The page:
Feeling like we've inadvertently become part of a Bolivian Goldilocks story, we explain that neither one is right. Grumpy woman takes a third, empty glass, and promptly pours both types of wine inside. Our shocked faces turn to surprise when the resulting mixed taste is, actually, much more palatable.
That's what they do with artisan wine, explains the guide.
6. Our relief at leaving the grumpy woman for the third time, now brandishing two receipts for wine and food, is palpable. We sit at a table overlooking the mountains, eat freshly roasted pork with our fingers, and drink copious glasses of mixed up, locally produced red wine, while a group of musicians play rousing tunes at the next table.
Day three: visiting the vineyards of Campos de Solana
Buoyed by our eventual successes in wine drinking, we decided to spend the next day visiting a couple of vineyards nearby – but not with the suggested tour group route. Usually, going independently is the preferred option when travelling, as organised tours and package deals often leave little room for a sense of independence and adventure.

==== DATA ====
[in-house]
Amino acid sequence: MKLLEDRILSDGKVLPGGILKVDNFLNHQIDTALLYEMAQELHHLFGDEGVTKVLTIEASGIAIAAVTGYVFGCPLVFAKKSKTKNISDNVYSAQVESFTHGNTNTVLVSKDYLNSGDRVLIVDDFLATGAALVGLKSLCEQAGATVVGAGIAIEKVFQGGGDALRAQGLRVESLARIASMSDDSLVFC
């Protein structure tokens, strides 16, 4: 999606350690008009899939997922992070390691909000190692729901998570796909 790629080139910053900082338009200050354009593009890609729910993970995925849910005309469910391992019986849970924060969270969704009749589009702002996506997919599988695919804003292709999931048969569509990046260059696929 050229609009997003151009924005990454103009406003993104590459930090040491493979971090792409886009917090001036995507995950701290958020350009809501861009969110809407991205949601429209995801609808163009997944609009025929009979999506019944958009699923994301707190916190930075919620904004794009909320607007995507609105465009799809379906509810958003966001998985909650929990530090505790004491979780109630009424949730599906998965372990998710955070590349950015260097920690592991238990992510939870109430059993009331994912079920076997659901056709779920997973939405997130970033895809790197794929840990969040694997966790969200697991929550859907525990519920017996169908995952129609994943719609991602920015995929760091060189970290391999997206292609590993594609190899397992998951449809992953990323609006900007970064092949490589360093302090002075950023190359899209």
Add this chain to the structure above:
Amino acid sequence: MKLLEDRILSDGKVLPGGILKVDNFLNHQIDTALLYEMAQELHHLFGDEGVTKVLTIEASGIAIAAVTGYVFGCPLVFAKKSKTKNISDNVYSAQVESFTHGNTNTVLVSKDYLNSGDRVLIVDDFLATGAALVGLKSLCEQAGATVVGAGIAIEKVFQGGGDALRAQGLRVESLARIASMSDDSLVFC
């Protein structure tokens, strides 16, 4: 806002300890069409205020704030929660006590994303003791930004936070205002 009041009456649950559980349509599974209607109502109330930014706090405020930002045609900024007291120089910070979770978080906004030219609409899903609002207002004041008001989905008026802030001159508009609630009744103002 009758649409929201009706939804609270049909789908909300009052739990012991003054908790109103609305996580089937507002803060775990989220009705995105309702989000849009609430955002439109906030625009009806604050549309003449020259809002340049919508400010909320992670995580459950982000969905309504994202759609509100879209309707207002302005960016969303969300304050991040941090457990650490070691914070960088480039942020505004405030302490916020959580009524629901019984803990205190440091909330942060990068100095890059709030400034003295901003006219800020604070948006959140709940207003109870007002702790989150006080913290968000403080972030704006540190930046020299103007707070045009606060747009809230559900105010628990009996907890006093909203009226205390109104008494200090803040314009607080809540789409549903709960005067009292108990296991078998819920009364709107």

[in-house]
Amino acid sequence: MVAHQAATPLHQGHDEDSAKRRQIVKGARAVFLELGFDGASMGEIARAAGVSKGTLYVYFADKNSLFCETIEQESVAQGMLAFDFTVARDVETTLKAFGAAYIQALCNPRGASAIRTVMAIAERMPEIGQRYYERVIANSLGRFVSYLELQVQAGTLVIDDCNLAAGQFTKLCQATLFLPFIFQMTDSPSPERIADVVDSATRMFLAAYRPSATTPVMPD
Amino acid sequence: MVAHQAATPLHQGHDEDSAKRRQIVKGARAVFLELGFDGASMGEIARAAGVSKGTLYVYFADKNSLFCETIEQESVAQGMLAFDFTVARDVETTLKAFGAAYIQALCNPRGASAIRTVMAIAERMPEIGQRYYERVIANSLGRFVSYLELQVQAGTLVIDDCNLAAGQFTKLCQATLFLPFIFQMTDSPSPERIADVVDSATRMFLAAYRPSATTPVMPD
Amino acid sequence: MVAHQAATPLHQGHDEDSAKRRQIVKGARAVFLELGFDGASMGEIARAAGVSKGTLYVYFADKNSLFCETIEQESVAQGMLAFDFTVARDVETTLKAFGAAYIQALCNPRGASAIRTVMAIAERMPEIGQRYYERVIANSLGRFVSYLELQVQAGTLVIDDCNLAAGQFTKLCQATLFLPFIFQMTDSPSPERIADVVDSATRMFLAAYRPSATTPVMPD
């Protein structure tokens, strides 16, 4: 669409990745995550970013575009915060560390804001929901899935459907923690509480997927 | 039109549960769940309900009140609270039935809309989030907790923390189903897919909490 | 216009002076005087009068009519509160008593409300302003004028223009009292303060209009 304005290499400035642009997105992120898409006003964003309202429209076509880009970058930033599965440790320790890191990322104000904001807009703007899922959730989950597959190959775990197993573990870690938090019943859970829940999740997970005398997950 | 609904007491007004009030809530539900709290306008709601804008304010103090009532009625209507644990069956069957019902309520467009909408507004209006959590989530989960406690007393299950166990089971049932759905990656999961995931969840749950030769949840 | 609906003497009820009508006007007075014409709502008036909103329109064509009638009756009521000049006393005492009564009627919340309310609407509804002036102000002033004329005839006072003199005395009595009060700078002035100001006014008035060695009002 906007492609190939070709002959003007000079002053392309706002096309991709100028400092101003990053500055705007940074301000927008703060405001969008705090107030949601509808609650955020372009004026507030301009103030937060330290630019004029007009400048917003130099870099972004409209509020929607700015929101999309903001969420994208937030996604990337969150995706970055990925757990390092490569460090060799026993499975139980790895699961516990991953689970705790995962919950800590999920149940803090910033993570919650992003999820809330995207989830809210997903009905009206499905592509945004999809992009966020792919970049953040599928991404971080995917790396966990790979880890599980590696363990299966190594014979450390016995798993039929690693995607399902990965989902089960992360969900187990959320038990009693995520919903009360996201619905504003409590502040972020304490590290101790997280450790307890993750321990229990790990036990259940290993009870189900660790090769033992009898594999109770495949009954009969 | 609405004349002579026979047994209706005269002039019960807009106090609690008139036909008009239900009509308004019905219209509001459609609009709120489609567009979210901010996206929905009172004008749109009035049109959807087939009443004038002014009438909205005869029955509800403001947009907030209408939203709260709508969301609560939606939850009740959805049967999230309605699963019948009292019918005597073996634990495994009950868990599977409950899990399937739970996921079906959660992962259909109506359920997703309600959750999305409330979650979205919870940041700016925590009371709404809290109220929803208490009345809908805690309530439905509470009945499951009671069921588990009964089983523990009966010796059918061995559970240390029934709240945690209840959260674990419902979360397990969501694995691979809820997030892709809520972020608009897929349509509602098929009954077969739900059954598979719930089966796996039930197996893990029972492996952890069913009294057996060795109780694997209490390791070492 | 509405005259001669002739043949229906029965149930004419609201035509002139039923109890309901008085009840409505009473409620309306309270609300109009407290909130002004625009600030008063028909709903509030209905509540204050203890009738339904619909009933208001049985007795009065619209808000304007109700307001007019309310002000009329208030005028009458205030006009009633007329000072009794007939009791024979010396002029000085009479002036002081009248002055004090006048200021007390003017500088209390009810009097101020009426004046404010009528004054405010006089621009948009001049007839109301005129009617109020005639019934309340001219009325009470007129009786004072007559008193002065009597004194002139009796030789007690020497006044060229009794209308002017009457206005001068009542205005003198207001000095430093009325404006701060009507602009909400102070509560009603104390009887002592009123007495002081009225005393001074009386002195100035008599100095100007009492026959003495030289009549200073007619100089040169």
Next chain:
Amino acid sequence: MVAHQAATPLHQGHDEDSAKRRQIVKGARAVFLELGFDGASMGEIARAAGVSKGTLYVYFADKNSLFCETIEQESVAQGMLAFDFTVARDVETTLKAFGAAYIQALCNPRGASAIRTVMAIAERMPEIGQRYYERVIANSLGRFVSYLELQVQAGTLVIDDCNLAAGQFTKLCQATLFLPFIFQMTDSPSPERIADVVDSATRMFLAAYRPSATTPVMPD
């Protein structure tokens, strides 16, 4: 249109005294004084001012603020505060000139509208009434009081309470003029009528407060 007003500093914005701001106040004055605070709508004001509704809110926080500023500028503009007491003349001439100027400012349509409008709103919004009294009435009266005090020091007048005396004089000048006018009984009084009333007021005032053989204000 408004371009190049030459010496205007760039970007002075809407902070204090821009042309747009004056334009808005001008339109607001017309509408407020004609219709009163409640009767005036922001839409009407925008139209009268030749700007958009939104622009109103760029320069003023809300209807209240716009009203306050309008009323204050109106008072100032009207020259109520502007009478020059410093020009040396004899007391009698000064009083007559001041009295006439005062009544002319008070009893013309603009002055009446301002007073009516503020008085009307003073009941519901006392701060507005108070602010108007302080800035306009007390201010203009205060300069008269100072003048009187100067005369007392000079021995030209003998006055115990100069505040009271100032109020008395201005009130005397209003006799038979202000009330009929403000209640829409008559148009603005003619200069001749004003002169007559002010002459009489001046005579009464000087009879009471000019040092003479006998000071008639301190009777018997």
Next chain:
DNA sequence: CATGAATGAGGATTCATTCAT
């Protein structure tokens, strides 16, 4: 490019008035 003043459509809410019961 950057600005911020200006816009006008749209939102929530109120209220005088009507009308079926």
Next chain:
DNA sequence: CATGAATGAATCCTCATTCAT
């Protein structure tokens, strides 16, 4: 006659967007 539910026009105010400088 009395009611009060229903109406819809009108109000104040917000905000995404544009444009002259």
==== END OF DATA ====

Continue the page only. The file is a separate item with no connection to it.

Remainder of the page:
So while there were wine tasting tours offered at various vineyards in the countryside surrounding Tarija, Josh and I felt it would be more than ok to simply visit the vineyards by ourselves.
In hindsight, however, it was definitely not the most sensible thing to have done.
It wasn't a blind decision, of course. We visited the Tarija-based offices of the main wine companies and enquired about the likelihood of getting an impromptu tour if we just turned up. Campos de Solano, one of our most preferred wines, readily approved of the idea, saying that there were free tours of the vineyards offered to anyone who went there. So we jumped in a taxi, explained that we wanted to hire it for a few hours and stop at a few vineyards, and we were off.
Arriving at Campos de Solana to a locked door, our vineyard tour was comprised of a quick glance at a room filled with metal vats, a few waves to wandering men in Hazmat suits, and a confused conversation with our guide, who made it clear that we couldn't sample any wines unless we bought the entire bottle first.